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Musicians in injunction score
Another case where the facts are probably more engaging than the decision is Ashworth and others v Royal National Theatre. This is a High Court decision regarding the group of musicians who worked on the Royal National Theatre’s production of …
Another case where the facts are probably more engaging than the decision is Ashworth and others v Royal National Theatre. This is a High Court decision regarding the group of musicians who worked on the Royal National Theatre’s production of War House. The musicians were engaged in March 2009 to play in this production. They accompanied the recorded music throughout the play. In 2012 the RNT decided to change the production to remove the live band but, following consultation, decided instead to reduce the role of the musicians to just one short scene. Finally in 2014 the RNT gave notice to the musicians to terminate their contracts on the ground of redundancy because it not longer wished to use them at all.
Their contracts only provided for termination on closure of the production so they issued claims for breach of contract on the basis that the RNT was not entitled to terminate their contracts for redundancy. In doing so they sought an interim injunction or alternatively specific performance to require the RNT to continue to engage them until the trial of their claim.
Both applications were refused, although the High Court considered that they had an arguable case and that their prospects of success were strong. The contract specifically set out the circumstances in which their employment could be terminated; which did not include the current situation. However, in order to provide interim relief, the Court had to be persuaded that they would obtain specific performance or a final injunction at trial; that damages would not be an adequate remedy in the meantime; and that the balance of convenience lay in their favour.
Overall the Court considered that they would unlikely to be granted specific performance at trial – in other words, to be allowed to continue playing. It considered that loss of confidence, which is a particular obstacle to granting specific performance, was clearly in evidence here because the RNT did not believe that the musicians were contributing positively to the play. Furthermore the way in which the play was now produced had changed considerably from the original version, so that there was no longer a role for live music. The court was also concerned that, if the musicians were imposed upon the RNT, this could have a destabilising effect on the production.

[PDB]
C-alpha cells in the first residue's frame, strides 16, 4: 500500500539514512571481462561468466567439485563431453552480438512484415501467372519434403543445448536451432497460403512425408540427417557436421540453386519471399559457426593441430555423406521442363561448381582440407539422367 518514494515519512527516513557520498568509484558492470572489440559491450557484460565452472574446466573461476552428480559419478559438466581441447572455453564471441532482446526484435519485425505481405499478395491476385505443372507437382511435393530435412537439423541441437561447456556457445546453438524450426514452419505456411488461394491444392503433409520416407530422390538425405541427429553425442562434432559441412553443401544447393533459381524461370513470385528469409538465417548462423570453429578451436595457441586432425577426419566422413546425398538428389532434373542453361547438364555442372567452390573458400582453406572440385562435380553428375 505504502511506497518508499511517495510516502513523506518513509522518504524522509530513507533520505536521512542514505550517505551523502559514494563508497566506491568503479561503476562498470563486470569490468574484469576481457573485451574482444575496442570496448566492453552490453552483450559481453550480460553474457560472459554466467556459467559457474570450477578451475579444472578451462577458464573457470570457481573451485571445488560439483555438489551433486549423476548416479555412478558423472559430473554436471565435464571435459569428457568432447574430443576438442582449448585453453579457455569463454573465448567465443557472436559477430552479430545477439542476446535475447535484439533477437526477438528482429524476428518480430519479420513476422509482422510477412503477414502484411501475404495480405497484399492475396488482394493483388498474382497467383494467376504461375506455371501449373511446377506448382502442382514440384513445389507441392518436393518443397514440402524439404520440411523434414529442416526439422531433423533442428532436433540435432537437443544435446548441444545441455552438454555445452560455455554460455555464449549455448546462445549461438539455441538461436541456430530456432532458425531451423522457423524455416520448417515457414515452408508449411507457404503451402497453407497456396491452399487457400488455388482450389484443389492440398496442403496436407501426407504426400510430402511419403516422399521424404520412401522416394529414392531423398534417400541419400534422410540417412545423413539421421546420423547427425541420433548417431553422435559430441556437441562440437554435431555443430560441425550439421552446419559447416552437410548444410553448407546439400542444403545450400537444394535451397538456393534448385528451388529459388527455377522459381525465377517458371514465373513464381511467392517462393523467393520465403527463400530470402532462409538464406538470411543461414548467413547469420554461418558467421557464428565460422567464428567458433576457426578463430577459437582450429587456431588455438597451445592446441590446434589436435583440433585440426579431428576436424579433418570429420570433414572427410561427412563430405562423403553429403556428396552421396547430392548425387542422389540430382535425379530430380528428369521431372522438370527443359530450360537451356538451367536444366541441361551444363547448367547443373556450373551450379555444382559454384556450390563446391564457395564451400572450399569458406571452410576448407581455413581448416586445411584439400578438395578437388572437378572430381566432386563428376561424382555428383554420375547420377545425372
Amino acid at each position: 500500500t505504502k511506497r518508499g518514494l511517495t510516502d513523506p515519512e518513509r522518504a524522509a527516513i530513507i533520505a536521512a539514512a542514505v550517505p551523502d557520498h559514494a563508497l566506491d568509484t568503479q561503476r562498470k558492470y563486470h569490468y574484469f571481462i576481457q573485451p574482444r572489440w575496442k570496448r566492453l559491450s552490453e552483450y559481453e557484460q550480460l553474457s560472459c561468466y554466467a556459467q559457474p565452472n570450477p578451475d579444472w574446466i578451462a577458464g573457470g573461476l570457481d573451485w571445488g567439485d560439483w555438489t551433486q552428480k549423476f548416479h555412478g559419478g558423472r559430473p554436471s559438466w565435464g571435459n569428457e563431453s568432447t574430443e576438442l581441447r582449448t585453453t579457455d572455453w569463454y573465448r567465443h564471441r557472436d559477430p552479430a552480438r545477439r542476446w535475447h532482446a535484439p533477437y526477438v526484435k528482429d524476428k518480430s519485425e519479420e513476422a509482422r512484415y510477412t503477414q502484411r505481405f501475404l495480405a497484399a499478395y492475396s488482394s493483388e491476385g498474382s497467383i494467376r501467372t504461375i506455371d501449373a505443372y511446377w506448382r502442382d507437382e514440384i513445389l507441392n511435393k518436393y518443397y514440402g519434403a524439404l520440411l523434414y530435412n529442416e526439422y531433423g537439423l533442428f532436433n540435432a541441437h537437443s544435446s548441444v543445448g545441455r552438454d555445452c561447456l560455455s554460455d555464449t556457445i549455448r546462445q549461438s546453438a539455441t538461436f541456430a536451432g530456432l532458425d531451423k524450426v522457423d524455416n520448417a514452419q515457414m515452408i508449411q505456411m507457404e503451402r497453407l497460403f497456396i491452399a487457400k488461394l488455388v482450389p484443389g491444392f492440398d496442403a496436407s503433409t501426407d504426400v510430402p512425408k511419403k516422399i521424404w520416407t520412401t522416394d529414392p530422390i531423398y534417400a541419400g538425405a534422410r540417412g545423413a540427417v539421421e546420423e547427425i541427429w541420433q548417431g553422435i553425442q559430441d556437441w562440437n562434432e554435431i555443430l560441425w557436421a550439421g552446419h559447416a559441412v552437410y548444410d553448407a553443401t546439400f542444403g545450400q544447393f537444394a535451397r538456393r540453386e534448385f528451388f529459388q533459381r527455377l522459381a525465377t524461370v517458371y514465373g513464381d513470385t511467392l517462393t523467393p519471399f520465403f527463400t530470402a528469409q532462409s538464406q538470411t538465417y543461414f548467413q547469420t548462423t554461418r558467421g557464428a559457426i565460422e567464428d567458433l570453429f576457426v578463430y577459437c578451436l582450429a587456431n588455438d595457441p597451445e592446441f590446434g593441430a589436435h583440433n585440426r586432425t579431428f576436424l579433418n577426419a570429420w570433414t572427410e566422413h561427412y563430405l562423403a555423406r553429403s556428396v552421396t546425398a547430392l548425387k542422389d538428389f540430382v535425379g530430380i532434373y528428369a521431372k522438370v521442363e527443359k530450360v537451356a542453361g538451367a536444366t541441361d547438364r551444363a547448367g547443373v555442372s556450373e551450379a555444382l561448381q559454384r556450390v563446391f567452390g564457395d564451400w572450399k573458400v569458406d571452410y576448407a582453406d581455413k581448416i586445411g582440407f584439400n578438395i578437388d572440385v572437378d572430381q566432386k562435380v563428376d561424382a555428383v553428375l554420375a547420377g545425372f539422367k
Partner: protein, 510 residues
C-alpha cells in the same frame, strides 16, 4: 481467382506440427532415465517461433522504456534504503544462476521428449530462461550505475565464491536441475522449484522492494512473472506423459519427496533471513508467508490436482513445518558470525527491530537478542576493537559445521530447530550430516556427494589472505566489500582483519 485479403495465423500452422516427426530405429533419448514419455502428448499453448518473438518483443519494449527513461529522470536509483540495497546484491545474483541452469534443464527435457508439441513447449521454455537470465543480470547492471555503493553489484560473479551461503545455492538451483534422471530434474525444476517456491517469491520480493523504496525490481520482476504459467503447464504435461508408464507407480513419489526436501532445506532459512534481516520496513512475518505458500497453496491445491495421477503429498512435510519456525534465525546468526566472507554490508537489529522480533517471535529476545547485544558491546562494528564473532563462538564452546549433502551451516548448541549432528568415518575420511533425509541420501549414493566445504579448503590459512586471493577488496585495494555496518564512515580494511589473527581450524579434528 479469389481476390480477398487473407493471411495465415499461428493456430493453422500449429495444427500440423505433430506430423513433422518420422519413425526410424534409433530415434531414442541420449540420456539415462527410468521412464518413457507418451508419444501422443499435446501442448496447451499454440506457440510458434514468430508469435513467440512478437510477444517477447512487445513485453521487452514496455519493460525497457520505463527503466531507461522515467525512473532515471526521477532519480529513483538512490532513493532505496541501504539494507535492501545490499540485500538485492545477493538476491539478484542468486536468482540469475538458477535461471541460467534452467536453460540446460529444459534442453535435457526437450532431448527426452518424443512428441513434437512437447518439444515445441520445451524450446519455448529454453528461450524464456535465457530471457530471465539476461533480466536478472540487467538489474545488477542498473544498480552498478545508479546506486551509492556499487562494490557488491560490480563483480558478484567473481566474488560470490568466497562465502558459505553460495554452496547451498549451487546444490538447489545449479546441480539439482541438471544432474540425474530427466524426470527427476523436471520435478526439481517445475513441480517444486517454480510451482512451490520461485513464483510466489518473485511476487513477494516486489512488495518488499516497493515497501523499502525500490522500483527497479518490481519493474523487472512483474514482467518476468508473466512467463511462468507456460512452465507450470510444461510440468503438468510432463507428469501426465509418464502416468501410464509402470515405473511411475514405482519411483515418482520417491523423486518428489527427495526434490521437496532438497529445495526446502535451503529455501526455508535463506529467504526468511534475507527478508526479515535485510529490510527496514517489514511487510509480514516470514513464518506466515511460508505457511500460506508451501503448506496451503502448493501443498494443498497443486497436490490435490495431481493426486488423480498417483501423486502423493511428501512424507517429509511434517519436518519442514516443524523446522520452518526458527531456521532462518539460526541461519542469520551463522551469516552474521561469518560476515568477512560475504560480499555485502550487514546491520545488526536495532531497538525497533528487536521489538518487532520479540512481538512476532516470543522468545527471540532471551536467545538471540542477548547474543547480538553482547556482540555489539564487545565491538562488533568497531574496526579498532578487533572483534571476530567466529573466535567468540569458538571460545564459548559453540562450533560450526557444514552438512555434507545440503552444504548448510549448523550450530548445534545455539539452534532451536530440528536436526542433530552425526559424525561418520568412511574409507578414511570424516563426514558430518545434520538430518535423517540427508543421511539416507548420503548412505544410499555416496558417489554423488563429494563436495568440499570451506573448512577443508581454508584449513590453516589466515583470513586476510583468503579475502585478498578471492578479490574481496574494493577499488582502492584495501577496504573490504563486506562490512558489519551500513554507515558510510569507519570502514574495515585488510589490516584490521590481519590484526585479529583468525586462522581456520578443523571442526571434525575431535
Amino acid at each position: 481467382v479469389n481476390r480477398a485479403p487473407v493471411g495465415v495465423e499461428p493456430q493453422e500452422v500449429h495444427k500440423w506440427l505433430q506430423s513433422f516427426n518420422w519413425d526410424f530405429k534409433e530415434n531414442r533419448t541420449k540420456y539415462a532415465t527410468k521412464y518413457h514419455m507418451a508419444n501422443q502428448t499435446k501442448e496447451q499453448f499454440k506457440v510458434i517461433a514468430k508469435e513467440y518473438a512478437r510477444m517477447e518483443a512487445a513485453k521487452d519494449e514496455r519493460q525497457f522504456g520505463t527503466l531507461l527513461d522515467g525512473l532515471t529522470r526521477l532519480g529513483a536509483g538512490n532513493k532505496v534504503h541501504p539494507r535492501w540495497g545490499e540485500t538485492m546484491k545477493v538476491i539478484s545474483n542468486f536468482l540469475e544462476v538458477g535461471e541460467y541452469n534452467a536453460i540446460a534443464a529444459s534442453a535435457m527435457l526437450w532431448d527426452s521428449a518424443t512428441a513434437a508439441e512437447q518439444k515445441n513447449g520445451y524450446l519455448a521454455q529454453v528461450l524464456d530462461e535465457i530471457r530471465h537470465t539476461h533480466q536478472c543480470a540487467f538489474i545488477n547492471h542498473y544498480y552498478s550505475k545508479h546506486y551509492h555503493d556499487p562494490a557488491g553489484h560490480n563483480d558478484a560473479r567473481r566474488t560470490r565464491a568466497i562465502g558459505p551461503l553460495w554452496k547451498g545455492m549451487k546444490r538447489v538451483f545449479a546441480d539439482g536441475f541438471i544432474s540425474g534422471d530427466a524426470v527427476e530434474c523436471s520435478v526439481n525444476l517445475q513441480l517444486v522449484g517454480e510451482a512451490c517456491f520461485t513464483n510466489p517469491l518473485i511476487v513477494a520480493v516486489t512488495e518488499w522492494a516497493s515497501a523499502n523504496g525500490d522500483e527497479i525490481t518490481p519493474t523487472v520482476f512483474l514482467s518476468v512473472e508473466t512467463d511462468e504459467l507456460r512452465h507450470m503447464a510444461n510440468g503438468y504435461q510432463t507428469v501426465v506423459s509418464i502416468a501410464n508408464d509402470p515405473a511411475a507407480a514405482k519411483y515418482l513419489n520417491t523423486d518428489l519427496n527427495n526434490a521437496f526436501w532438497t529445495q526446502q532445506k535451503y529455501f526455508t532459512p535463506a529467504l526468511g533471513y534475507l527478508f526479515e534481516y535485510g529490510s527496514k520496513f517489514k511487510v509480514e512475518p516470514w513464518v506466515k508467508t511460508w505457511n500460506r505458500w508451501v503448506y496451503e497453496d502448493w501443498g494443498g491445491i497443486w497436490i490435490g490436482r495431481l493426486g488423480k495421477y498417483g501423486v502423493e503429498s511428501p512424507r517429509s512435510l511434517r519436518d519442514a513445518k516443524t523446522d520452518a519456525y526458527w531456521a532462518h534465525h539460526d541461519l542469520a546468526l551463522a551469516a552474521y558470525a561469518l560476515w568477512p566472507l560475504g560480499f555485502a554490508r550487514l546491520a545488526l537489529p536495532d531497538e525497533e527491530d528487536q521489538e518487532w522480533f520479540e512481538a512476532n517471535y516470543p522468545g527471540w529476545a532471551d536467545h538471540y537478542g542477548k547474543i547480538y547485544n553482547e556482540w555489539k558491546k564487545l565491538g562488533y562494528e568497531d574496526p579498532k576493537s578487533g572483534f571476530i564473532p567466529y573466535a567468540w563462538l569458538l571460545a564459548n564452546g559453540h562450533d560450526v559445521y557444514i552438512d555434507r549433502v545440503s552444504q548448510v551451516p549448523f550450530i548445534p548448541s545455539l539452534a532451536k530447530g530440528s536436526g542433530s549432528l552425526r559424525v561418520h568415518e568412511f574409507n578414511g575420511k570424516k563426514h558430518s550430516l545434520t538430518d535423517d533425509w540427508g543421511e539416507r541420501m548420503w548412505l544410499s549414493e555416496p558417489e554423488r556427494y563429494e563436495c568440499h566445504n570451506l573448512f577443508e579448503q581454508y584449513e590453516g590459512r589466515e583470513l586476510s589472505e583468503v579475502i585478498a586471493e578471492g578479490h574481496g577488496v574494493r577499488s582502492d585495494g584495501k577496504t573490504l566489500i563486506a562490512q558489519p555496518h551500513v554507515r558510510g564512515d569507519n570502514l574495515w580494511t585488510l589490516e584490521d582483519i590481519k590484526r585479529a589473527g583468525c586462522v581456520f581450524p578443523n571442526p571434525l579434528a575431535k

The Court also went on to consider whether the granting of specific performance or a equivalent injunction would interfere with the parties’ right to freedom of expression in article 10 of the European Convention on Human Rights. The Court considered that the effect of such an order would indeed interfere with the RNT’s right of artistic freedom since it would prevent it from continuing to produce the play in the form which it considered to be artistically preferable. In terms of the balance of convenience, while these would make little difference to the musicians during the period before the final hearing, there would be considerable inconvenience to the RNT in having to recreate its performance to make way for the musicians to play, even though it did not consider that they contributed to the way in which the play was now produced.
This legal update is provided for general information purposes only and should not be applied to specific circumstances without prior consultation with us.
For further details on any of the issues covered in this update please contact Gemma Ospedale, Partner in Employment on 020 7583 2222
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